The promoter shall provide one set each of eight-ounce and ten-ounce gloves to the supervising Commission prior to the start of the first contest for use in case gloves are damaged during a contest. Promoters shall supply gloves that are whole, clean, sanitary, and in good condition. The gloves may not be twisted, manipulated or altered in any manner. The promoter shall provide new gloves for all main event and title bouts.
When two boxers in a contest are above and below the weights described in the subsection entitled “Guidelines for Boxing Weight Classes, Weight Difference and Glove Weight,” both boxers shall wear the gloves required for the higher weight.
No person other than the contestants and the referee shall enter the ring during a bout. For non-title fights there may be no more than three seconds. Between rounds, one second may be inside the ring and the other (2) on the ring apron. For a championship fight there may be four seconds. Between rounds, one second may be inside the ring and two (2) of the seconds on the ring apron, with the fourth second remaining off the apron on the floor.
The physician may enter the ring if asked by the referee, the supervising commission or the inspectors to examine an injury to a contestant.
No contestant shall leave the ring during any one-minute rest period between rounds.
The referee may, in his/her discretion, stop a contest or exhibition if an unauthorized person enters the ring during a round.
A foul is an action by a boxer, identified by the referee, that does not meet the standard of a fair blow or the conduct of a responsible professional fighter. Fouls may include, but are not limited to, the following types of contact or acts:
1. Hitting an opponent below the navel or behind the ear;
2. Hitting an opponent who is knocked down;
3. Holding an opponent with one hand and hitting with the other;
4. Holding or deliberately maintaining a clinch;
5. Wrestling, kicking or roughing;
6. Pushing an opponent about the ring or into the ropes;
7. Butting with the head, shoulder, knee, elbow;
8. Hitting with the open glove, the butt or inside of the hand, or back of the hand, the elbow or the wrist;
9. Purposely falling down onto the canvas of the ring without being hit or for the purpose of avoiding a blow;
10. Striking deliberately at that part of the body over the kidneys;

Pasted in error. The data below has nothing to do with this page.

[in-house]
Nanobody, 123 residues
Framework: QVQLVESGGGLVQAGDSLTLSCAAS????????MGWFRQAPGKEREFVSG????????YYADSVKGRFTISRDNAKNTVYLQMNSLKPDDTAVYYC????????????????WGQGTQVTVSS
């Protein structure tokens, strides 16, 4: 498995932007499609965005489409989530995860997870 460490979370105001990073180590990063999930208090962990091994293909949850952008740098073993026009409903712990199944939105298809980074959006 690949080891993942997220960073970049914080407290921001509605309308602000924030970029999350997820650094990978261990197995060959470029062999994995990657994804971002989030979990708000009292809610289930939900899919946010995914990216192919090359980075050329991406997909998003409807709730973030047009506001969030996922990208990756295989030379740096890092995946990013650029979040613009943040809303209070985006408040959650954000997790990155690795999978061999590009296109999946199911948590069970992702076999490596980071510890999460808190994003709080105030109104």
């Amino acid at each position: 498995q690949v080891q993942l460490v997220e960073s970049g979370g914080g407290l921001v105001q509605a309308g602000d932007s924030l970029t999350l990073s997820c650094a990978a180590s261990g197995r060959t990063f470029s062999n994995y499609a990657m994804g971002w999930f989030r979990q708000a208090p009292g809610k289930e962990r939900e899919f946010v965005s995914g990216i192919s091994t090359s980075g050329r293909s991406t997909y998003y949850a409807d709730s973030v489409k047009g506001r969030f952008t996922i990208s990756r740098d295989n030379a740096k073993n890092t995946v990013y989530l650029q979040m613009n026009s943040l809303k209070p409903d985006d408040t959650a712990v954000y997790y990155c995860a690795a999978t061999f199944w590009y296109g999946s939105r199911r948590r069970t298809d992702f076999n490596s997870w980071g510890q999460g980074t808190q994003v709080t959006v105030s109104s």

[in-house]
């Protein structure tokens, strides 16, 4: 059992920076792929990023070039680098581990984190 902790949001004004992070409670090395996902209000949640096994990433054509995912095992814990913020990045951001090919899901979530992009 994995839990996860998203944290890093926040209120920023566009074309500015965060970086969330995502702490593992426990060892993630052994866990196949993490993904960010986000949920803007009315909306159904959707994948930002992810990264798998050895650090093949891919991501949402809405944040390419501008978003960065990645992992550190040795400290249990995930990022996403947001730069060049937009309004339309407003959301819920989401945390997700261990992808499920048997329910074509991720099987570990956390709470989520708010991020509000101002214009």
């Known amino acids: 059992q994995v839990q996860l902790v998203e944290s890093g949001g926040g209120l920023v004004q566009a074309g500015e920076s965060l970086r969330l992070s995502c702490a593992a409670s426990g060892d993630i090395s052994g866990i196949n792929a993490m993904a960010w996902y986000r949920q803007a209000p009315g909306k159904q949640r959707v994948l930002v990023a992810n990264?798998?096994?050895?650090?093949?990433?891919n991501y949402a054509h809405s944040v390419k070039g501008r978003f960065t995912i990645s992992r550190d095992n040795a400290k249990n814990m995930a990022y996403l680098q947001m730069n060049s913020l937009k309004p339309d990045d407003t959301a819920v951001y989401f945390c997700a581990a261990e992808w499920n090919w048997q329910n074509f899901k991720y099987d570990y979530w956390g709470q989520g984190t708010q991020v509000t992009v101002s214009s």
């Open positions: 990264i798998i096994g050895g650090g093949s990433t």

11. Using the pivot blow (pivoting while throwing a punch) or the rabbit punch
(punches thrown to the back of the head and neck areas);
12. Jabbing the eyes with the thumb of the glove;
13. Use of abusive language;
14. Unsportsmanlike conduct causing injury to an opponent that does not meet the standard of a fair blow;
15. Hitting on the break;
16. Intentionally spitting out the mouthpiece;
17. Hitting on or out of the ropes;
18. Holding rope and hitting;
20. Not following referee’s instructions;
21. Stepping on opponent;
22. Crouching below opponent’s belt;
23. Leaving neutral corner; and
24. Corner second shouting.
Injuries sustained by Fouls
A. Intentional fouls.
1. If an intentional foul causes an injury, and the injury is severe enough to terminate the bout immediately, the boxer causing the injury shall lose by disqualification.
2. If an intentional foul causes an injury and the bout is allowed to continue, the referee will notify the authorities and deduct (2) points from the boxer who caused the foul. Point deductions for intentional fouls will be mandatory.
3. If an intentional foul causes an injury and the injury results in the bout being stopped in a latter round, the injured boxer will win by TECHNICAL DECISION if he is ahead on the score cards or the bout will result in a TECHNICAL DRAW if the injured boxer is behind or even on the score cards. Partial or incomplete rounds will be scored. If no action has occurred, the round should be scored as an even round.
4. If boxer injures himself while attempting to intentionally foul his opponent, the referee will not take any action in his favor, and this injury will be the same as one produced by a fair blow.
5. If the referee feels that a boxer has conducted himself in an unsportsmanlike manner he/she may stop the bout and disqualify the boxer.
B. Accidental fouls.
If an accidental foul causes an injury severe enough for the referee to stop the bout immediately, the bout will result in a NO DECISION if stopped before three (3) completed rounds in bouts scheduled for four rounds. Rounds are complete when the bell rings signifying the end of a round. If a bout is scheduled for more than four (4) rounds and an accidental foul occurs causing an injury severe enough for the referee to stop the bout immediately, the bout will result in a NO DECISION if stopped before four (4) completed rounds.
If an accidental foul causes an injury severe enough for the referee to stop the bout immediately, after three (3) rounds have occurred in bouts scheduled for four rounds, the bout will result in a TECHNICAL DECISION, awarded to the boxer who is ahead on the score cards at the time the bout is stopped. If a bout is scheduled for more than four (4) rounds and an accidental foul causing an injury severe for the referee to stop the bout immediately, after four (4) rounds have occurred, the bout will result in a TECHNICAL DECISION, awarded to the boxer who is ahead on the score cards at the time the bout is stopped.